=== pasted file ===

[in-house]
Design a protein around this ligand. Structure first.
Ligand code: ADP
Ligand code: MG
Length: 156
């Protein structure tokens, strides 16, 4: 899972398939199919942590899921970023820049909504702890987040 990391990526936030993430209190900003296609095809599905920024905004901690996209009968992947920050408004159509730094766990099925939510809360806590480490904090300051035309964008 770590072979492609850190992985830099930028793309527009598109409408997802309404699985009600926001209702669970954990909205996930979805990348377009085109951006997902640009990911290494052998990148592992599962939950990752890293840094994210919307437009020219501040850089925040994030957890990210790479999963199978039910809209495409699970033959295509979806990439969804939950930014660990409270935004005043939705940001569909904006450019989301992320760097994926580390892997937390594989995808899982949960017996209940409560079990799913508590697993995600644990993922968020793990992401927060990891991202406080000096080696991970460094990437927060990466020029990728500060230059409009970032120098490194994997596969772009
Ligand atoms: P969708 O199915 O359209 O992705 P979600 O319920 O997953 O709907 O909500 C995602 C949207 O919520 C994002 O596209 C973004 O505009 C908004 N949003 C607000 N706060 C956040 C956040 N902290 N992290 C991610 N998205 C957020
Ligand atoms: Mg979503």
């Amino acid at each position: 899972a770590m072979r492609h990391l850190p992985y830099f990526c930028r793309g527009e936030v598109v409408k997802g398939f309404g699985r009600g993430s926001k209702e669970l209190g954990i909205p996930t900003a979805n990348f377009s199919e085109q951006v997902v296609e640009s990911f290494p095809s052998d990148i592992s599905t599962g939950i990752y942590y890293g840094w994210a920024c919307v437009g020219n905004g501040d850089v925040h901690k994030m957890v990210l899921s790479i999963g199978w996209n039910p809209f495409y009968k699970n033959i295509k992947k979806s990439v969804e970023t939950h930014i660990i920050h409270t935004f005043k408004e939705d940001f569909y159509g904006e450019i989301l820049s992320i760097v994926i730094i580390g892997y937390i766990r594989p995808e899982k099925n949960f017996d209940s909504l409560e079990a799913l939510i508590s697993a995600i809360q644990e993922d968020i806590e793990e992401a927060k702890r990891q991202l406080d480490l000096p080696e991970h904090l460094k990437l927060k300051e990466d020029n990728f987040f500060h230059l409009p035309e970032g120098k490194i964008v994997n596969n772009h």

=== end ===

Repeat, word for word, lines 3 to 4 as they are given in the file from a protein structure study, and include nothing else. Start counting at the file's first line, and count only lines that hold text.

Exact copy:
Ligand code: ADP
Ligand code: MG